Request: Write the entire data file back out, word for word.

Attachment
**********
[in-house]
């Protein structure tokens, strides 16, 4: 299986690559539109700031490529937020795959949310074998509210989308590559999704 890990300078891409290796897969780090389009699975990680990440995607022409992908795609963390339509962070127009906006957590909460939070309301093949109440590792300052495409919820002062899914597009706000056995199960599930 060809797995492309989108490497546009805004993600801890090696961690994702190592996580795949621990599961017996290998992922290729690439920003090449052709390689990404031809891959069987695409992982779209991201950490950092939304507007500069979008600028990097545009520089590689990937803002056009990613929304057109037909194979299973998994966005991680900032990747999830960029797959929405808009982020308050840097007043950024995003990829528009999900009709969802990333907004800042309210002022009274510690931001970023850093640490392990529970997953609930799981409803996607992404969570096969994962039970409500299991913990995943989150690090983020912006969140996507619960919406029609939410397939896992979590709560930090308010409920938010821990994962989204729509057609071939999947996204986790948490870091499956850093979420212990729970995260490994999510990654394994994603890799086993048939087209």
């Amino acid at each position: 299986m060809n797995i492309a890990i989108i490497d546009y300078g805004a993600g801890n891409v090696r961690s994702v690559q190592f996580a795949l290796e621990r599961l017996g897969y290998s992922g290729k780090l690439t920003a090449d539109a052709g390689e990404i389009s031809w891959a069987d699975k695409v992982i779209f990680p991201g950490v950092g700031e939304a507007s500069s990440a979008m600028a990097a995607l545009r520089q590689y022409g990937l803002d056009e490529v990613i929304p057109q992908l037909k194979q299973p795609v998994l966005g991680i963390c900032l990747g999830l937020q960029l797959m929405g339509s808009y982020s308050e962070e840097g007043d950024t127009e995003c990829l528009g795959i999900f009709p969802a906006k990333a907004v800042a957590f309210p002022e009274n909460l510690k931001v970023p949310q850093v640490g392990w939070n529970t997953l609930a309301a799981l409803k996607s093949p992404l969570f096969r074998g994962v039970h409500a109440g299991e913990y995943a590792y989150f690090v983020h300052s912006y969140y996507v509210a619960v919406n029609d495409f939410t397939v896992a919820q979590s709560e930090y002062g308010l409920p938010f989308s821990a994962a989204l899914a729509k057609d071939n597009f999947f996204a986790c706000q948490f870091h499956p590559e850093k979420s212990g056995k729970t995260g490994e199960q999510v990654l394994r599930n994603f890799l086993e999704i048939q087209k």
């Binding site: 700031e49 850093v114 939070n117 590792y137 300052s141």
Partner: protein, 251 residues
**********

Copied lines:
[in-house]
């Protein structure tokens, strides 16, 4: 299986690559539109700031490529937020795959949310074998509210989308590559999704 890990300078891409290796897969780090389009699975990680990440995607022409992908795609963390339509962070127009906006957590909460939070309301093949109440590792300052495409919820002062899914597009706000056995199960599930 060809797995492309989108490497546009805004993600801890090696961690994702190592996580795949621990599961017996290998992922290729690439920003090449052709390689990404031809891959069987695409992982779209991201950490950092939304507007500069979008600028990097545009520089590689990937803002056009990613929304057109037909194979299973998994966005991680900032990747999830960029797959929405808009982020308050840097007043950024995003990829528009999900009709969802990333907004800042309210002022009274510690931001970023850093640490392990529970997953609930799981409803996607992404969570096969994962039970409500299991913990995943989150690090983020912006969140996507619960919406029609939410397939896992979590709560930090308010409920938010821990994962989204729509057609071939999947996204986790948490870091499956850093979420212990729970995260490994999510990654394994994603890799086993048939087209």
């Amino acid at each position: 299986m060809n797995i492309a890990i989108i490497d546009y300078g805004a993600g801890n891409v090696r961690s994702v690559q190592f996580a795949l290796e621990r599961l017996g897969y290998s992922g290729k780090l690439t920003a090449d539109a052709g390689e990404i389009s031809w891959a069987d699975k695409v992982i779209f990680p991201g950490v950092g700031e939304a507007s500069s990440a979008m600028a990097a995607l545009r520089q590689y022409g990937l803002d056009e490529v990613i929304p057109q992908l037909k194979q299973p795609v998994l966005g991680i963390c900032l990747g999830l937020q960029l797959m929405g339509s808009y982020s308050e962070e840097g007043d950024t127009e995003c990829l528009g795959i999900f009709p969802a906006k990333a907004v800042a957590f309210p002022e009274n909460l510690k931001v970023p949310q850093v640490g392990w939070n529970t997953l609930a309301a799981l409803k996607s093949p992404l969570f096969r074998g994962v039970h409500a109440g299991e913990y995943a590792y989150f690090v983020h300052s912006y969140y996507v509210a619960v919406n029609d495409f939410t397939v896992a919820q979590s709560e930090y002062g308010l409920p938010f989308s821990a994962a989204l899914a729509k057609d071939n597009f999947f996204a986790c706000q948490f870091h499956p590559e850093k979420s212990g056995k729970t995260g490994e199960q999510v990654l394994r599930n994603f890799l086993e999704i048939q087209k």
């Binding site: 700031e49 850093v114 939070n117 590792y137 300052s141």
Partner: protein, 251 residues